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          Apr 5 2012: OK Gerald. Can science see the wind, the four forces of nature, energy, consciousness, time, etc.? Or are they all excluded from science?
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        Apr 5 2012: science sees all this. Has an explanation for them, at least. "seeing" is meant in this sense.
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          Apr 5 2012: Sorry Gerald. There I go being literal again. To have an explanation for something is to "see" that something? I thought science was based on real, observable phenomena. I have an explanation for Time. Does that mean Time is something more "visible" than a collection of thoughts in my mind? Does a conjured-up explanation lend credence to something invisible and undetectable? Thanks.
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        Apr 6 2012: "real observable phenomena"
        What do you mean by observable? Observable through an instrument and then through the eyeball?

        Take a star. How do you know it's real? Because you actually see it, you might think. well do you actually see it?
        Or do you only "see" a bunch of photons and have a conjured-up explanation about what it might be?
        I could fool you by painting a tiny white dot on a black board, and you'd be "seeing" a star, if it's only a matter of how many photons and what colour.
        But do you actually see the photon? Or is the photon transformed into electric signals in the retina that run down the optic fiber towards the brain.
        Do you see the electric signal, then?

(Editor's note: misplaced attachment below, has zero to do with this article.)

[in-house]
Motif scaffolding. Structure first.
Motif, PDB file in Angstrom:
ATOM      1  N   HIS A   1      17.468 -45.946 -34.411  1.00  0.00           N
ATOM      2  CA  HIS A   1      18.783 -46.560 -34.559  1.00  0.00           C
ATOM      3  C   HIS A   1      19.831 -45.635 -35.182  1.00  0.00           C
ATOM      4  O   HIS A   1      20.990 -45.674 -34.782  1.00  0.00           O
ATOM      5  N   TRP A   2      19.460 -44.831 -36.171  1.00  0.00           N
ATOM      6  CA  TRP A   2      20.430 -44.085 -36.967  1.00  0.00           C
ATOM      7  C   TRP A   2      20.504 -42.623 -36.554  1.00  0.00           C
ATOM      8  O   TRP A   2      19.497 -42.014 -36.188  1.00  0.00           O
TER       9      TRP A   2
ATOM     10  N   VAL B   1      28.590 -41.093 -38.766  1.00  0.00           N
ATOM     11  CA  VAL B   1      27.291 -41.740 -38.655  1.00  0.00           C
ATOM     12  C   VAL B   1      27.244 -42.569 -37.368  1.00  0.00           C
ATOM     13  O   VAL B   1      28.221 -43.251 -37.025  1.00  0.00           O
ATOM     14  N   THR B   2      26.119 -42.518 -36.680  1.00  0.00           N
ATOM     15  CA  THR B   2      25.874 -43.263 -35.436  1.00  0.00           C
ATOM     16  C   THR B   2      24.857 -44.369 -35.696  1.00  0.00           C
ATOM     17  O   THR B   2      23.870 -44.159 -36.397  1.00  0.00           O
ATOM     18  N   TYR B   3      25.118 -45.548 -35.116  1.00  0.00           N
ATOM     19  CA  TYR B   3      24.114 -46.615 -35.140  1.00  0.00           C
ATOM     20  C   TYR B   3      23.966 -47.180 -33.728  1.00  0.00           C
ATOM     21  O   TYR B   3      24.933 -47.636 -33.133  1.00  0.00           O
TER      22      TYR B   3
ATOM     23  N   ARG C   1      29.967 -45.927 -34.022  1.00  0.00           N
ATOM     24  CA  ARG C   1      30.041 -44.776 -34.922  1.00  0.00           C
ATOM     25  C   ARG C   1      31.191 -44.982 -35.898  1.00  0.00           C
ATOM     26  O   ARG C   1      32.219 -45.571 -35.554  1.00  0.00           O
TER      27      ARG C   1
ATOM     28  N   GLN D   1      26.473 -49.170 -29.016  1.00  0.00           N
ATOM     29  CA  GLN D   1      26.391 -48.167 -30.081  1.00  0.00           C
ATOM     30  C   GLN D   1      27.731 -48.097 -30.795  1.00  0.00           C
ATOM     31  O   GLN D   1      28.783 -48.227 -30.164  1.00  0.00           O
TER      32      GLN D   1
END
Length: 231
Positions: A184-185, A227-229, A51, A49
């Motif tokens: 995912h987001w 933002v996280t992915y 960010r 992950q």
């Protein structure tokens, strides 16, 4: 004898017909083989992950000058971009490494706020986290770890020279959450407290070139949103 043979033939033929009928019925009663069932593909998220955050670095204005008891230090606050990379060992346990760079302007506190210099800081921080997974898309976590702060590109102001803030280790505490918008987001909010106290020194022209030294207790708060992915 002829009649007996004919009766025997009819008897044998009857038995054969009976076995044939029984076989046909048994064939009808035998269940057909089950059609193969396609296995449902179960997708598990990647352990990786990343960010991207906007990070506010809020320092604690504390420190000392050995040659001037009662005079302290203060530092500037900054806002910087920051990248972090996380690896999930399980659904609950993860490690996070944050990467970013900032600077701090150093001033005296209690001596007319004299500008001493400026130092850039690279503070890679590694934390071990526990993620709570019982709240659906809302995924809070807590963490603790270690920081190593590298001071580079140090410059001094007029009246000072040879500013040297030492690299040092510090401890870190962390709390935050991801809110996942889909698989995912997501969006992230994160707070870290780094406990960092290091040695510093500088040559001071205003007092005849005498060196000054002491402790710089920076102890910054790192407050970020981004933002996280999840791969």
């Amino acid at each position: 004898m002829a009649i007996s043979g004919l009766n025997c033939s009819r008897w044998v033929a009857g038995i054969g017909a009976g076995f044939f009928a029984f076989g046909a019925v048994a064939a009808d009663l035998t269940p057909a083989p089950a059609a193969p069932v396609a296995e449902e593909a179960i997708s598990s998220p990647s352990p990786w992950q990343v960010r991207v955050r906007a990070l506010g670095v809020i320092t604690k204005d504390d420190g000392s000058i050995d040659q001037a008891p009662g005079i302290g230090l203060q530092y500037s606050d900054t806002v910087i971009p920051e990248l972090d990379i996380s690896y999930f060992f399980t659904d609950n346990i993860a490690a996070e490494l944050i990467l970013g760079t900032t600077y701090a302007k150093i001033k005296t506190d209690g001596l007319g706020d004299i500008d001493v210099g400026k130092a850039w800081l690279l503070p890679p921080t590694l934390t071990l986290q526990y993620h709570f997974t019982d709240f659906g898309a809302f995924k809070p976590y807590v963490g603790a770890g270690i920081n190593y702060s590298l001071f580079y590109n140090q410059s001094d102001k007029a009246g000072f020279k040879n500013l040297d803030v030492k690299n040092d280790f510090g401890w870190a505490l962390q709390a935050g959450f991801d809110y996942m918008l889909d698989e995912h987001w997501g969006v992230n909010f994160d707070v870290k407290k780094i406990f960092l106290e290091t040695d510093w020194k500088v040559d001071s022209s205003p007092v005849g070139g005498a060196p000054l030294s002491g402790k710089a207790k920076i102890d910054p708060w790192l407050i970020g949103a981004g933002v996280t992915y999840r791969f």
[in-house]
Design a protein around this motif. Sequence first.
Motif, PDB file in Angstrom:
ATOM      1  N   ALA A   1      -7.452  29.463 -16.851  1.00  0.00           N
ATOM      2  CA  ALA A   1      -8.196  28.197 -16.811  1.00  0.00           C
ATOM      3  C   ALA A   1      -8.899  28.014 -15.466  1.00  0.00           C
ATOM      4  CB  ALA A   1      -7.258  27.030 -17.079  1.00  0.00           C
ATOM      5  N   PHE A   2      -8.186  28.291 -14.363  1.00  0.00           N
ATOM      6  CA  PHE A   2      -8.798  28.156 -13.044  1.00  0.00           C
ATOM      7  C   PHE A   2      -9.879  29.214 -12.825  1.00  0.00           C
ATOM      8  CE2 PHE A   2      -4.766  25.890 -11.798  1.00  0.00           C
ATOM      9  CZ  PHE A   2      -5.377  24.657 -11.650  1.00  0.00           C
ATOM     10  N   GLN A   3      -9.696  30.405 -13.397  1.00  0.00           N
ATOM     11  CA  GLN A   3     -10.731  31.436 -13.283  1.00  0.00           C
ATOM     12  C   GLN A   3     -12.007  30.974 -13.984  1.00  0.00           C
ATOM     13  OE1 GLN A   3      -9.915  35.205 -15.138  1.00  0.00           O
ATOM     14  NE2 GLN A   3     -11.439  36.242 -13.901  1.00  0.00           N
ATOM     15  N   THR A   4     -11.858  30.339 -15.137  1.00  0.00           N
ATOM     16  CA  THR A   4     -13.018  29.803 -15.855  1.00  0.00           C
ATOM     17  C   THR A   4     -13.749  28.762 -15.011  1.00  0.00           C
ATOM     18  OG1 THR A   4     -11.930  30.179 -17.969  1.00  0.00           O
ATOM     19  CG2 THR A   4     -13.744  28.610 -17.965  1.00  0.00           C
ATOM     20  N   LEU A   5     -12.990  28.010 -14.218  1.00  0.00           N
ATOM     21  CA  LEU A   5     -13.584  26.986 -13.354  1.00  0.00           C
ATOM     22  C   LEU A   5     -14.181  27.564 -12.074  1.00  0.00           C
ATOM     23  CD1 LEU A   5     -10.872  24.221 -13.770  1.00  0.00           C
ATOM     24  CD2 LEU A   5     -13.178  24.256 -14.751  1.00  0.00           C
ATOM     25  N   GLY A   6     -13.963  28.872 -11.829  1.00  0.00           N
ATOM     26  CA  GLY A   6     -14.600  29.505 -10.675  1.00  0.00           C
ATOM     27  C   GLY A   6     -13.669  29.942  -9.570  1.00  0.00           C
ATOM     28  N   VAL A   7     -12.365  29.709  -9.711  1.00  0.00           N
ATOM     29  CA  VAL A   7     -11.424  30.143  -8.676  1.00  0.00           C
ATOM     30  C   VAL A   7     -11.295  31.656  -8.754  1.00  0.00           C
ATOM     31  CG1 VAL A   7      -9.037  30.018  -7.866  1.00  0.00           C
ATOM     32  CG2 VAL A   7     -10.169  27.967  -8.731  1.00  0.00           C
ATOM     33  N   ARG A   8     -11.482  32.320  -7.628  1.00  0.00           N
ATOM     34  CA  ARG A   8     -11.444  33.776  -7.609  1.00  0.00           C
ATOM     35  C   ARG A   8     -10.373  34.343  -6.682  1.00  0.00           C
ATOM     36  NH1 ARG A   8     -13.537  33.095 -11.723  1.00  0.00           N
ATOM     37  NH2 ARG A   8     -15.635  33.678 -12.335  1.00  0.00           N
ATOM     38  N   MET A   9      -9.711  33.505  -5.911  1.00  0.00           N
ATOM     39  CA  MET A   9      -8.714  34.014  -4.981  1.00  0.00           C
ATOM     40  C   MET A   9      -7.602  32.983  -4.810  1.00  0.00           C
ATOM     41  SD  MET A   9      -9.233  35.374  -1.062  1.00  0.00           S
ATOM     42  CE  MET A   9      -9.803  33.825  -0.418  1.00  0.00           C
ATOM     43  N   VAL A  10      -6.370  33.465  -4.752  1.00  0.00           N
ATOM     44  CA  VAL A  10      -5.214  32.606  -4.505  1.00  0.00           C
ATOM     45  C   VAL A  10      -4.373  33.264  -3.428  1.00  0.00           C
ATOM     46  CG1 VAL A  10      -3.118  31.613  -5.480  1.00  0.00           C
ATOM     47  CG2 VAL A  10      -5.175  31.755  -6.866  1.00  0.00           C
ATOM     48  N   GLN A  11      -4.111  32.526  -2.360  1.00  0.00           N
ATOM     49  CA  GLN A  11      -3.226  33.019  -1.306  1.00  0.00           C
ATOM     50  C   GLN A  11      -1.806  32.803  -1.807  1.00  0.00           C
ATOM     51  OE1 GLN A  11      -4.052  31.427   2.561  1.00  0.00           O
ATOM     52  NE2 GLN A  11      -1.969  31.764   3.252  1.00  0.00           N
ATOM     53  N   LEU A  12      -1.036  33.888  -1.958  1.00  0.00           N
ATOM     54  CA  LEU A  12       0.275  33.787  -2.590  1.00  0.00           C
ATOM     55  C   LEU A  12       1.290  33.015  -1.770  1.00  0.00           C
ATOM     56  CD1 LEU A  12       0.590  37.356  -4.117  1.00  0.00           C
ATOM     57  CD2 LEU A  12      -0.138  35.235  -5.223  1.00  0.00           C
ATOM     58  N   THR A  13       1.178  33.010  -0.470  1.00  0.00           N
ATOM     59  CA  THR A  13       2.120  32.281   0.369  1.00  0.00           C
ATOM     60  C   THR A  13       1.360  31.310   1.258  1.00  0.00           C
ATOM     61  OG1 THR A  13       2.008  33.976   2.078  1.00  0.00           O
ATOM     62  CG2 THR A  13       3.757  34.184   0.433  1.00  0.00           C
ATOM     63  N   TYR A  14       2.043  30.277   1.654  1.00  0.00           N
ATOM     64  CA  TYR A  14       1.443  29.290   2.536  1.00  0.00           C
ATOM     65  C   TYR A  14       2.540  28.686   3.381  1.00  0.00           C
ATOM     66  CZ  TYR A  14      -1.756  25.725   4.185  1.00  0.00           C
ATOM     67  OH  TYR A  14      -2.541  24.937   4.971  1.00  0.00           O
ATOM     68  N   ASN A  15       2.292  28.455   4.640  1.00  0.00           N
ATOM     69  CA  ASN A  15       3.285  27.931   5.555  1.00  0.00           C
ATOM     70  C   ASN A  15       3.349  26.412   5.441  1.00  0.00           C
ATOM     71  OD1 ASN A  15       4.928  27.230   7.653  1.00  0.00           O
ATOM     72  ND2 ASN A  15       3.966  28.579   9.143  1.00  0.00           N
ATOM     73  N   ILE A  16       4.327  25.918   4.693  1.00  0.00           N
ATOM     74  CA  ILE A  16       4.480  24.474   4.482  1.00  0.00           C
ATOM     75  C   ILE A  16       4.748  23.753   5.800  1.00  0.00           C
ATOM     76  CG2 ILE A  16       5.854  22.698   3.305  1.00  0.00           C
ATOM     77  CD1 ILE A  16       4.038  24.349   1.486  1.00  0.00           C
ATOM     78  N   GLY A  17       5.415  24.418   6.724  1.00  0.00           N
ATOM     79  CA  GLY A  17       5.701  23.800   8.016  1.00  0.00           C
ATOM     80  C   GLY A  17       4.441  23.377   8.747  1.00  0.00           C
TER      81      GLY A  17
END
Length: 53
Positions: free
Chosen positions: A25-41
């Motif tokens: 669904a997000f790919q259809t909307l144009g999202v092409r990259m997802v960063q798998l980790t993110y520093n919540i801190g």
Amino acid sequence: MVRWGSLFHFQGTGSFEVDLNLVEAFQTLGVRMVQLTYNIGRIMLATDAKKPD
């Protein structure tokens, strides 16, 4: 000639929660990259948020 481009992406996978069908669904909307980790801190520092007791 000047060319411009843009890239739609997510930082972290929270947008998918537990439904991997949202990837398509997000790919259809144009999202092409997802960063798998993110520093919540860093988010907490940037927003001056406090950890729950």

What does seeing mean, by now?

        You guess. That's it. There is a bunch of signals, and you've got a software to guess what they mean. The software is constantly upgrading, too.
        You never see anything. Look at your wife. You can't see her. You get elctrical signals in your brain, the same kind you get when you smell cofee. but your wife's signals are familiar to the software, and you guess whether it might be probable that your wife could be standing on front of you.
        Most of what you see is just made up. Guesswork. All the time.

        Science, now, is about trying to guess well.
        Time, gravity, etc... are "seen" by science. Of course they are misconceptions. Bad guesses, though the best ones available in one particuliar time.
        It's all about having an explanation for something. This is what makes anything real. For all you know, the outside world is just a bunch of electrical activity in your brain. But you take it for granted that some of the signals reffer to what's actually out there. You do that through "conjured up explanations". THere is no other way, and "direct observation" doesn't mean anything.